-- The market for fake goods is on the rise, with international trade in counterfeited or pirated products valued almost a half a trillion dollars.
The Organization for Economic Cooperation and Development released a report today that said international trade of "fakes" represented 2.5 percent of overall world trade, or $461 billion, in 2013. That's equivalent to the gross domestic product of Ireland and the Czech Republic combined.
The report, "Trade in Counterfeit and Pirated Goods: Mapping the Economic Impact," describes the effect of counterfeiting on a range of industries.
Most of the fake goods appear to originate from China. Almost 20 percent of the total value of seized fake products violate the intellectual property rights of holders registered in the U.S., followed by Italy at 14.6 percent, France at 12.1 percent, Switzerland at 11.7 percent, Japan at 8.2 percent and Germany at 7.5 percent.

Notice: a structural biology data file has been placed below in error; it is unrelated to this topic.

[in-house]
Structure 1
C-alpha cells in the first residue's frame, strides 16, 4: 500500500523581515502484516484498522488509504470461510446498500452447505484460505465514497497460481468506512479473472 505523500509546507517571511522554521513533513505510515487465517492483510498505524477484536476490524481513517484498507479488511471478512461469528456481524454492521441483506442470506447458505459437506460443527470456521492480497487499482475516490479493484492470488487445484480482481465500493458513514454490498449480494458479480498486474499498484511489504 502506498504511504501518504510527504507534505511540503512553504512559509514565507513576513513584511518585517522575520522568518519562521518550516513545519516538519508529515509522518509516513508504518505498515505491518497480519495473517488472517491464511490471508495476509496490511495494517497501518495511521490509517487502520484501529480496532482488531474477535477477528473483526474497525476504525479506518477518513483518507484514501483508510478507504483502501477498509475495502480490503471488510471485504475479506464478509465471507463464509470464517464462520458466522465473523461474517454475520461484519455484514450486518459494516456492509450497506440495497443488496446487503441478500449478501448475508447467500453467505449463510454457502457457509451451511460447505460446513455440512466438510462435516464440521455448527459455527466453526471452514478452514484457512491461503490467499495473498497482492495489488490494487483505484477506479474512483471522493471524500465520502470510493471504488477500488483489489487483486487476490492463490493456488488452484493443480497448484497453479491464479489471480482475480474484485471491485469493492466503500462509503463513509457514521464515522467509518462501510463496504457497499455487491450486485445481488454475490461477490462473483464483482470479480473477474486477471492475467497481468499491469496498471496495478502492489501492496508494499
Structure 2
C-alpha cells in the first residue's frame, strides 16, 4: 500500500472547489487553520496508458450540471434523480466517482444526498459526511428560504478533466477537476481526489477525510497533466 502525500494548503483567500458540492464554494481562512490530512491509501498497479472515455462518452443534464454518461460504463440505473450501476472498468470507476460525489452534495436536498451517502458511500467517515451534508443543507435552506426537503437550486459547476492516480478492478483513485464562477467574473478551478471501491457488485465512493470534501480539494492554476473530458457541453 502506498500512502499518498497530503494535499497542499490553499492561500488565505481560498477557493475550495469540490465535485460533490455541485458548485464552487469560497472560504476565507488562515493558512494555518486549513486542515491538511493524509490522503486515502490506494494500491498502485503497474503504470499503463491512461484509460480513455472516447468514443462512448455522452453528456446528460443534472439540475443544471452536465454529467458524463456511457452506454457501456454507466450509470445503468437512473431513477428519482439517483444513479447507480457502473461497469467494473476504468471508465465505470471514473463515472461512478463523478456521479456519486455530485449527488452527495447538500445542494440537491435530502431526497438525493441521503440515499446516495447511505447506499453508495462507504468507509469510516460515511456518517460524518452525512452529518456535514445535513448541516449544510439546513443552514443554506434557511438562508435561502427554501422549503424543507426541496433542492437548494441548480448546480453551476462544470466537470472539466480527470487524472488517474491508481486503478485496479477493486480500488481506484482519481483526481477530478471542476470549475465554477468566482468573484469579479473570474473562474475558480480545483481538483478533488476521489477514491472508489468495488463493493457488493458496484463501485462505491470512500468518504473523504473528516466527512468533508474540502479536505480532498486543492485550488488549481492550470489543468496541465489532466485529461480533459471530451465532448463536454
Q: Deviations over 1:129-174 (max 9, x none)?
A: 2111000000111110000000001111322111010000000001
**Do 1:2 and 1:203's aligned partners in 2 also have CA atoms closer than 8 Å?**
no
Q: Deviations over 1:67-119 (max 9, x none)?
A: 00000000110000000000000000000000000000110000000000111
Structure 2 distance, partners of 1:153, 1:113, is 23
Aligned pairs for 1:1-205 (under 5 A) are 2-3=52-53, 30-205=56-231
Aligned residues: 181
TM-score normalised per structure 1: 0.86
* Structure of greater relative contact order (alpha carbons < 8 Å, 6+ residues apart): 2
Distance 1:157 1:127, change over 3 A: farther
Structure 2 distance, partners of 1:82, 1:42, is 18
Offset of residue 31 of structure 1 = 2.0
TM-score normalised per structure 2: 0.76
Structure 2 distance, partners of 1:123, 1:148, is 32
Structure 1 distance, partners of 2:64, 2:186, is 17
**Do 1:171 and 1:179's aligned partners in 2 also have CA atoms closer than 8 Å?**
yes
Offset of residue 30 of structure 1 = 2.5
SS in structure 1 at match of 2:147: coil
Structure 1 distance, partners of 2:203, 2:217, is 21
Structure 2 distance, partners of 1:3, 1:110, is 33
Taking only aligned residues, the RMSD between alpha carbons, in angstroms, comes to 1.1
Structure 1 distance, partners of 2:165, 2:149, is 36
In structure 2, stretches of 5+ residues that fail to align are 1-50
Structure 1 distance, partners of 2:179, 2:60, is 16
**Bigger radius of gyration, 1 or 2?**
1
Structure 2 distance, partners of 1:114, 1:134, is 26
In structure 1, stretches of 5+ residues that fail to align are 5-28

Louis Vuitton declined to comment on the report but the company states on its website that it "has a zero tolerance policy against counterfeiting and is fully committed to upholding the integrity of its exceptional brand in order to protect its customers' loyalty."
Rolex, Nike and Ray Ban did not return ABC News' request for comment.
Fake Nike shoes are worth between $5 to $200 on the counterfeit market, while Ray Ban sunglasses range from $5 to $150, OECD found. Fake Louis Vuitton bags ranged from $5 to $1,500, while counterfeit Rolex watches were sold for $5 to $20,000, the report said.
Some counterfeit products also pose health and safety threats, such as fake pharmaceuticals and toys that are of low quality.
Industries with the most counterfeit seizures in 2013, according to the OECD:
2. Clothing, knitted or crocheted
3. Articles of leather
4. Electrical machinery and equipment
6. Instruments, optical, medical, etc.
7. Clothing, non-knitted or crocheted
8. Perfumes and cosmetics
"You’re unlikely to get burned by counterfeits if you stick with established stores, legitimate retailer websites, and authorized sellers," Consumer Reports' senior projects editor Tod Marks told ABC News. "Otherwise, you could be playing with fire. Fakes are sold everywhere: At flea markets, on eBay, via marketplace merchants, at independent deep-discount and no-name stores -- like some of those “electronics and luggage storefronts in New York City, purse parties, salons, swap meets, 'copycat' websites that mimic those of well-known merchants, and rogue Internet pharmacies."